John Currence had his financing in place, menu tweaked to his liking and tables and chairs slated for delivery. Opening day for his first restaurant—a 100-seat contemporary Southern concept in Oxford, Mississippi—was inching closer. The only thing left on his “punch list” was choosing a name. “Picking the right name was the most difficult part for me,” says Currence, recalling the angst he suffered back in 1992. “I wasn’t arrogant enough to use my own name, and I wanted something snappier and more meaningful anyway.”
The only thing left on his “punch list” was choosing a name.
“Picking the right name was the most difficult part for me,” says Currence, recalling the angst he suffered back in 1992. “I wasn’t arrogant enough to use my own name, and I wanted something snappier and more meaningful anyway.”
It was down to the wire, everyone sitting in the lawyer’s office for the closing, when the building’s owner—an Oxford old-timer—began rambling on about the history of the space. In its former incarnation as City Grocery, the business sold food and assorted sundries, often delivering the items right to customers’ doors and keeping a running house account. “Bells went off in my head,” Currence remembers. He liked the honesty and good will associated with “City Grocery.” Plus, it was catchy, unique and easy to remember—everything Currence wanted in a name.
When a restaurant gets started, menu, staff and location decisions are usually top of mind. But a name can be just as important. After all, it’s often the first thing anyone knows about a new place.
“It’s important to choose something that creates an emotional bond between the customer, the food and the restaurant,” says Robert Passikoff, president of Brand Keys, a consulting company that tracks branding and customer loyalty. “Plus, the name should contribute to and be consistent with the image of the restaurant—its menu, design, venue, etc. The public identifies with imagery.”
Brand Keys has conducted research on the contribution a name makes to the diner’s choice of restaurant. The findings reveal that the higher the expectations, the greater the impact of the name. At a white-tablecloth specialty concept, like a high-end steakhouse or seafood restaurant, the name contributes 8 percent to the decision; in casual dining, it’s 7 percent; fast-casual, 4 percent; and at a pizza place, 2 percent. While those numbers aren’t staggering enough to cause acute anxiety over choosing a name, they are relevant—especially at the upscale end.
Relevance was key for Ben and Rachel Lewis deVries, partners in a 50-seat restaurant in San Francisco. When the couple was awaiting the birth of their daughter, they pored over baby name books and did extensive research on the Internet, finally narrowing down the choice to two names—Gemma and Luella.
“When our baby was born, she glowed like a little jewel, so we named her Gemma,” says Ben, the chef in the family. About a year later, the duo was ready to open their first restaurant. “As soon as we saw the space, my wife said, ‘There’s our Luella.’ And the restaurant has turned out to be like a second child.”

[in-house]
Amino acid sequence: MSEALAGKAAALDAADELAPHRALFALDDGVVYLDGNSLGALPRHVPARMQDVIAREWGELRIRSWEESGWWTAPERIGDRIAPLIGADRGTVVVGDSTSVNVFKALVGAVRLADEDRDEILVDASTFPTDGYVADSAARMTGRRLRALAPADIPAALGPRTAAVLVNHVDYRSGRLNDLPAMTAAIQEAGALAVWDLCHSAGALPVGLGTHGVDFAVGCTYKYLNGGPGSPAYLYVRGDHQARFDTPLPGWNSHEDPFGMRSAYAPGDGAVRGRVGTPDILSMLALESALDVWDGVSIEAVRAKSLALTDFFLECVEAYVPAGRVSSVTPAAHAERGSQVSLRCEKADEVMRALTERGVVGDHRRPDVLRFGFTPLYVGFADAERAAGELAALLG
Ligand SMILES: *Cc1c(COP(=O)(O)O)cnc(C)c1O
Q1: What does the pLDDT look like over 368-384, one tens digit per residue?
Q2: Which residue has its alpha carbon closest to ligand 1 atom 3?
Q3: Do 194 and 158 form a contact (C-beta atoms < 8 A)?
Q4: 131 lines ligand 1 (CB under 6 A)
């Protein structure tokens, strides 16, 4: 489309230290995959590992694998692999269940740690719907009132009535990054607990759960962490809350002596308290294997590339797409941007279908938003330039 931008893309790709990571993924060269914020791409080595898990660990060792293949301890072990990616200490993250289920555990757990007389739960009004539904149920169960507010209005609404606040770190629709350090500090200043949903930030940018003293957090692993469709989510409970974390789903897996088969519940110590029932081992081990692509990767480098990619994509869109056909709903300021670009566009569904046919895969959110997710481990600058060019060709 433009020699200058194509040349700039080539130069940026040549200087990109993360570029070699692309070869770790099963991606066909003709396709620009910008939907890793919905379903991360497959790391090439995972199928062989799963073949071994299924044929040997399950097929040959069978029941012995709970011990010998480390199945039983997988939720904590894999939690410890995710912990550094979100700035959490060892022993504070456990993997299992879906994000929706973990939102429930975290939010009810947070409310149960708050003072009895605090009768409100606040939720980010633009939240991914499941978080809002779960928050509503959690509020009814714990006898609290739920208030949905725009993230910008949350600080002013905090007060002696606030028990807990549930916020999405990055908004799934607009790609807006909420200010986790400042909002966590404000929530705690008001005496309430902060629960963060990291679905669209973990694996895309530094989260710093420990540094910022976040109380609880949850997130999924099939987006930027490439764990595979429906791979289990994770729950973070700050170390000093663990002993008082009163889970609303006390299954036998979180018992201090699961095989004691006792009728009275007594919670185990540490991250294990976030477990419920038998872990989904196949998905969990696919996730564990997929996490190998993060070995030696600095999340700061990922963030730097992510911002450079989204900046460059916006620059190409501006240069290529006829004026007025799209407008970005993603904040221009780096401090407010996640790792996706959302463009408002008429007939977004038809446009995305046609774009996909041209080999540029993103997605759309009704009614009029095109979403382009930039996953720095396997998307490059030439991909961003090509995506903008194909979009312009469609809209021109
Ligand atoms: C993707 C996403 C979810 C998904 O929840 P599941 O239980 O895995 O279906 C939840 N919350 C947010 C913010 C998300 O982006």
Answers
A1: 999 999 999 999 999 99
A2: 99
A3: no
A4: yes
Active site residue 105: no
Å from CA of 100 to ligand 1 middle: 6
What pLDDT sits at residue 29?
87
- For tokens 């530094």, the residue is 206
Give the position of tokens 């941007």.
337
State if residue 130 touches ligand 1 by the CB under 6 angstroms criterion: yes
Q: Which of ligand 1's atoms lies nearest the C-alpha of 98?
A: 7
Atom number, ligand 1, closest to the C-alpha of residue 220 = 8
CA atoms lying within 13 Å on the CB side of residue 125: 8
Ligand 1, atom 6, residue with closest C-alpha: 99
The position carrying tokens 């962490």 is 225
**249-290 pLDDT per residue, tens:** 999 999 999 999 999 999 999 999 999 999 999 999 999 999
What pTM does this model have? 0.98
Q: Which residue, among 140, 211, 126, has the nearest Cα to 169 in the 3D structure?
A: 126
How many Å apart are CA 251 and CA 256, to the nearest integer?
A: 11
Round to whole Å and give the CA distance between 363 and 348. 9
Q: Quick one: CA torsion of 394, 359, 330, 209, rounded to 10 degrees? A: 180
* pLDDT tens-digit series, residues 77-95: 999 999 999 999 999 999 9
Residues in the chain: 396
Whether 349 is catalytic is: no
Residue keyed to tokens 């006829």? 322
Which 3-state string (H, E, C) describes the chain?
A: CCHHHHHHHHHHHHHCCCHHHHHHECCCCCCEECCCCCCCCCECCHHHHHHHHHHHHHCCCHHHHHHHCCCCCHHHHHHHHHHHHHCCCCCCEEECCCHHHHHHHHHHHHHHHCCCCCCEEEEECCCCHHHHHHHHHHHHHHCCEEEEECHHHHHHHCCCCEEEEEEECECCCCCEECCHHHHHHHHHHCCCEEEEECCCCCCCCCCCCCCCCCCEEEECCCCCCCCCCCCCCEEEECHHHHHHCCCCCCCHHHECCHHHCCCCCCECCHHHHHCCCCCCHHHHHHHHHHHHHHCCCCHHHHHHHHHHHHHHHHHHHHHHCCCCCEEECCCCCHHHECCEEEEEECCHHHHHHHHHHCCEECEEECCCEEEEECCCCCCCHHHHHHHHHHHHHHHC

Luella, now a cozy, Mediterranean-inspired spot in the Russian Hill neighborhood, has a name that gels seamlessly with its concept. Ben describes his cuisine as “hybrid,” a blend of Spanish, French and Italian influences with a San Francisco vibe. The deVrieses discovered that the name Luella is also a hybrid, stemming from two classics—Louise and Isabella.
“It’s good to have a story to tell about your restaurant’s name and even print that story on the menu,” says Bill Marvin, who runs a consulting business called the Restaurant Doctor. “The story behind a name is an excellent hook for marketing and publicity and generates valuable word of mouth.”
Speaking of word of mouth, that’s exactly how New York City chef Andrew Carmellini came up with the name for his new 100-seat Italian restaurant, A Voce. When he took over the lease for the space, he changed the phone number. But before the February launch, fans of Carmellini’s cooking tried to track him down to find out where and when his restaurant was opening. Many had discovered the new phone number through “word of mouth”—an expression that loosely translates to “A Voce” in Italian. “There are about 100,000 names already taken for Italian restaurants, many of which are clichés,” says Carmellini. “I wanted to come up with something different but didn’t have the time to obsess over the name.”
While choosing a unique moniker will differentiate a restaurant and avoid confusion with similar-sounding places, experts agree that above all the name must be easy to remember—and easy to spell.
“These days, it’s essential that a restaurant can be easily found through an Internet search,” says Passikoff. Marvin seconds that thought, adding that a restaurateur should reserve the Web address as soon as a name is picked. And what if the domain name is already taken?
“Go back and start over.”